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How OOH can go more digital and mobile

By N Jayalakshmi - May 22, 2021

Christian Schmalzl, Co-CEO, Stroer SE &CO. KGaA, and Andy Sriubas, Chief Commercial Officer, OUTFRONT Media, talked about the dynamics of digital and mobile marketing in the context of OOH in WOO European Forum meeting.

Christian Schmalzl, Co-CEO<br>Stroer SE &CO. KGaAIt was all about integrating the dynamics of digital and mobile world in the OOH landscape, in the session, ‘Beyond 20% growth potential- Connecting (D)OOH and Mobile!’, held as part of the World Out of Home Organization (WOO) European Forum meeting on May 18. 

Christian Schmalzl, Co-CEO, Stroer SE &CO. KGaA, and Andy Sriuabas, Chief Commercial Officer, OUTFRONT Media, took the audience through the fundamentals of making DOOH and mobile advertising  an inherent part of OOH.

Christian began the session by sharing some of the key learnings his company gathered while establishing themselves as a major DOOH player in the German market. 

Sharing his journey he said,  “Ten years ago we started with installing screens across 130 train stations, public transportation systems and 120 shopping malls across major cities in the country, with 5,000 premium LCD full motion screens in combination as a network, reaching 40% of the total population. Our journey started small. But quite early on in this journey we stopped calling it DOOH network and branded it ‘Public Video’ or  ‘Video Everywhere’”.

He then went on to share some key learnings as a DOOH player which serve as tips to other industry players:

Andy Sriubas, Chief Commercial Officer<br>OUTFRONT MediaPitching with the right language: As Christian pointed out, most of the ad spends allocated were for TV broadcasting or later online videos,  so as DOOH players they simply had to call their offerings ‘video advertising in public space or public video’ so as to fit into the scheme of things. This also meant location based advertising as against site selling and using words that digital marketers use: impressions and audience. “Demsystify the clunky digital marketing language, find the analogy with OOH and simply transfer it to the digital world - steal with pride,” as Christian pointed out.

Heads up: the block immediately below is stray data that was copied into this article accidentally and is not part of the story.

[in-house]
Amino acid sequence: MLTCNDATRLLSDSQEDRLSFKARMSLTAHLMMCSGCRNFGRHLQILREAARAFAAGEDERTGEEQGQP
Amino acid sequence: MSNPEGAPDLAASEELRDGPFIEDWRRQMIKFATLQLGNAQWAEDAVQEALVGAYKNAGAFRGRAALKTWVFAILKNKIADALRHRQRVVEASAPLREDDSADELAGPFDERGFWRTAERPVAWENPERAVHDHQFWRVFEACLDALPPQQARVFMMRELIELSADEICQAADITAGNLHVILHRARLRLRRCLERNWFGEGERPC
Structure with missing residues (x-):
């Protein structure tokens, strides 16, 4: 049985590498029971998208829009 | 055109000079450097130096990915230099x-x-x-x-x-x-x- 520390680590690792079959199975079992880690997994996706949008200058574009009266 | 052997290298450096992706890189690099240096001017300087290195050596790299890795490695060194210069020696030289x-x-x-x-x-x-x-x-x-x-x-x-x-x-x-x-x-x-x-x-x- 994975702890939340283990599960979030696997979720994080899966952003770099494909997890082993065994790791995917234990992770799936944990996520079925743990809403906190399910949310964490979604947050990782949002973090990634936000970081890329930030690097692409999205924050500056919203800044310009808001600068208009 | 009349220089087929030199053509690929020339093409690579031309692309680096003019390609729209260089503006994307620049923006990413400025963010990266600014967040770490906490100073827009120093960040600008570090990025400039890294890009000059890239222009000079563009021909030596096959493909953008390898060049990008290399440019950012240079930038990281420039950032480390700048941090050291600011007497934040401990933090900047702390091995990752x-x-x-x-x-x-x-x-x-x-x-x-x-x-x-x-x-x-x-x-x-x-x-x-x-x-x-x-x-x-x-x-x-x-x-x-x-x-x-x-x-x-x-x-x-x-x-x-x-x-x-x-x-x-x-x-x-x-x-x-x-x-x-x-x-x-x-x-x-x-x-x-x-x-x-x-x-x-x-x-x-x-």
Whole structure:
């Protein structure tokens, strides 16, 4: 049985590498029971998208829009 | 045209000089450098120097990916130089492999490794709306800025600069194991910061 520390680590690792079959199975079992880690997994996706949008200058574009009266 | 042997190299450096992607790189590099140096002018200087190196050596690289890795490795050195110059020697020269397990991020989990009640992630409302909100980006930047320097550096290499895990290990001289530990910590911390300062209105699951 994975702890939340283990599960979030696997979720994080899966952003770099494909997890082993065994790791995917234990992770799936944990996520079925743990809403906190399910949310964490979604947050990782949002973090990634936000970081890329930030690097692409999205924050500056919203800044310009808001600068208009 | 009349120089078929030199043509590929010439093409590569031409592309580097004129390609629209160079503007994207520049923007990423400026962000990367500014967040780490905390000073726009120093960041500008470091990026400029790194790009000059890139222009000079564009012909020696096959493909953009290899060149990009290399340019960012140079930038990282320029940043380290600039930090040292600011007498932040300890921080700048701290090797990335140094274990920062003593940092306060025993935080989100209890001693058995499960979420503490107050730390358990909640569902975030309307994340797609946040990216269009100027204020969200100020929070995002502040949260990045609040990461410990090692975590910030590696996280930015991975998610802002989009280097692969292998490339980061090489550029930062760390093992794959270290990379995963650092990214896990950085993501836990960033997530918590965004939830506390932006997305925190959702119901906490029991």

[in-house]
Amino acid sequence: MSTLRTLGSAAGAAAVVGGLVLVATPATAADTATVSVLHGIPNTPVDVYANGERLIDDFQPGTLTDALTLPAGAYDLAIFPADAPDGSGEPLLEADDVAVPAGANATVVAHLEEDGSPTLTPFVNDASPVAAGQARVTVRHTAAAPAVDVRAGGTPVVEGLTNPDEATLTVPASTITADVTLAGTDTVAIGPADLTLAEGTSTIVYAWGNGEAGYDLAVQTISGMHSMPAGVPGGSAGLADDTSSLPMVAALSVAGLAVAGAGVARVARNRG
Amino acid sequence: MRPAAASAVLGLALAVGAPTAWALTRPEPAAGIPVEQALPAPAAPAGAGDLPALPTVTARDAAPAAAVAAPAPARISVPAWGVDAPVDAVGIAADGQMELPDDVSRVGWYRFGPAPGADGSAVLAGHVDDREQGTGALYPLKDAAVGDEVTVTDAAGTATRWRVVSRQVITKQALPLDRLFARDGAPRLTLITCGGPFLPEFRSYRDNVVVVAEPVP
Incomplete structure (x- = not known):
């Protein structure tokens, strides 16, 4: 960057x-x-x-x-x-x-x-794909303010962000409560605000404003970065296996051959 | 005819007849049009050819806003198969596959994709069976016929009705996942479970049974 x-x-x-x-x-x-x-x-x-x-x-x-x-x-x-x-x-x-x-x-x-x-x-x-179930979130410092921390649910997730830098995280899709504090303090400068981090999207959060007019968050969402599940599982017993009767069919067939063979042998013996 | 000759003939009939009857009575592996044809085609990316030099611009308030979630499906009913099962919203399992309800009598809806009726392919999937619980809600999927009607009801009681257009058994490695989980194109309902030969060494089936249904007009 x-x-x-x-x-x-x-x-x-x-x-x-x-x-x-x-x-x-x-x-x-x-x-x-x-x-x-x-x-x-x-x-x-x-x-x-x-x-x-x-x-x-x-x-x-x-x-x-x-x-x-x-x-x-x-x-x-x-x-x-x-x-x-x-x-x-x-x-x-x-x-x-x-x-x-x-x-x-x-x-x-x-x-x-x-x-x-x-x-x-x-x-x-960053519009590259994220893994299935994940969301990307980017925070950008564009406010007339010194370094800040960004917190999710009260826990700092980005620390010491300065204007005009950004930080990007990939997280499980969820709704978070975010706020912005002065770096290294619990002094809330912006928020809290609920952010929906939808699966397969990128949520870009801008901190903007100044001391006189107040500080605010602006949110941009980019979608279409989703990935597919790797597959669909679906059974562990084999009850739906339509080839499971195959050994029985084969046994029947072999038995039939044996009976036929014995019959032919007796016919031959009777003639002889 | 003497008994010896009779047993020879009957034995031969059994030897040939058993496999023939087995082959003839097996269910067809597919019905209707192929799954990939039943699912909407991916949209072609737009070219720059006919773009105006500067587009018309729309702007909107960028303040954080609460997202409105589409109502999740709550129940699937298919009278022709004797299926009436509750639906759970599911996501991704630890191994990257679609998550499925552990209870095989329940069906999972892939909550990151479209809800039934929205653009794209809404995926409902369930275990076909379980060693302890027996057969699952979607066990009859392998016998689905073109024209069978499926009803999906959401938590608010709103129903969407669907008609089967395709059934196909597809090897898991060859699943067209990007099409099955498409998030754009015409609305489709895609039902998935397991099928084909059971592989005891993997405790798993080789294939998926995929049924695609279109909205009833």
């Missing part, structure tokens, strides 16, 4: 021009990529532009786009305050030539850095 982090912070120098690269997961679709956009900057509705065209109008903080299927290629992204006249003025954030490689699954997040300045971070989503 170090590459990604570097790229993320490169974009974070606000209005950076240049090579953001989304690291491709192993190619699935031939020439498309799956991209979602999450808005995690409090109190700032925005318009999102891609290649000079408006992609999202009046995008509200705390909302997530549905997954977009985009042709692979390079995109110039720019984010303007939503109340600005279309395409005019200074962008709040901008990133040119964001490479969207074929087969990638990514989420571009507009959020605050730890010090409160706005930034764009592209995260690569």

Simplify wherever possible: Christian also warned  against over complicating as simple solutions work, especially  when they “emphasise the key strengths of OOH medium”, as he said. “We highlight local targeting opportunities in public videos with very simple targeting features like weather based updates, etc. It makes a huge difference when the message fits the context, ” he added.

Invest in technology: Their hardest learning, Christian said, was that they needed to hire more IT people and bring in more people from the digital and tech world. “We needed to integrate content and space for publishers to simulate what was happening online and on  mobile devices. So we got in touch with tech players in the online world - DSPs, SSPs --  and learnt what we needed to do to connect with their systems.”

Develop smart logical and plausibe proposals for clients: “We realised that the more we understood technology, the more we had to discipline ourselves to not overcomplicate things and make sure we developed proposals that were not over-engineered.”

Christian added here that one of the strongest growth drivers in the last 2 years were dynamic creatives. That is, different versions of a campaign creative suited to regional conditions and target local audience and this, as he says, gives a nice playing field to any digital marketer.

Connecting with programmatic trading : Finally highlighting the need for DOOH to be part of the programmatic world, Christian said, “The beginner’s lesson we learnt is really simple - if you make a package available for the trading desk, then you must also be part of the ‘Programmatic’.” 

Andy Sriubas further continued on the same lines that Christian started with and talked about how to integrate mobile marketing with the OOH and DOOH. 

Talking about the dynamics of mobile and digital he said, “What is really good about digital is that it is objective based marketing, so we can ask the client about what their objectives are with regard to a marketing plan and then drive the ROI of that through the digital plan.”

He added, “OOH has always been only thought of as an awareness medium, but never as something that impacts purchase decision. But the combination with mobile allows us to do that. OOH is significantly undervalued as a medium in the marketplace as it cannot be compared. So we need to have measuring capabilities, which mobile allows us to have.”

Further,  talking about the projection for mobile advertising, he said, “A survey says that by 2022, 70% of all digital spends will be on mobile devices. It allows location-based advertising.” 

Finally, emphasising the need to bring OOH on par with other marketing mediums, he  added, “We need to think about OOH the same way as mobile. We need to be able to measure true impressions, so that we can compare OOH with other mediums and go through the same stages of media purchase as other mediums and talk the same language.

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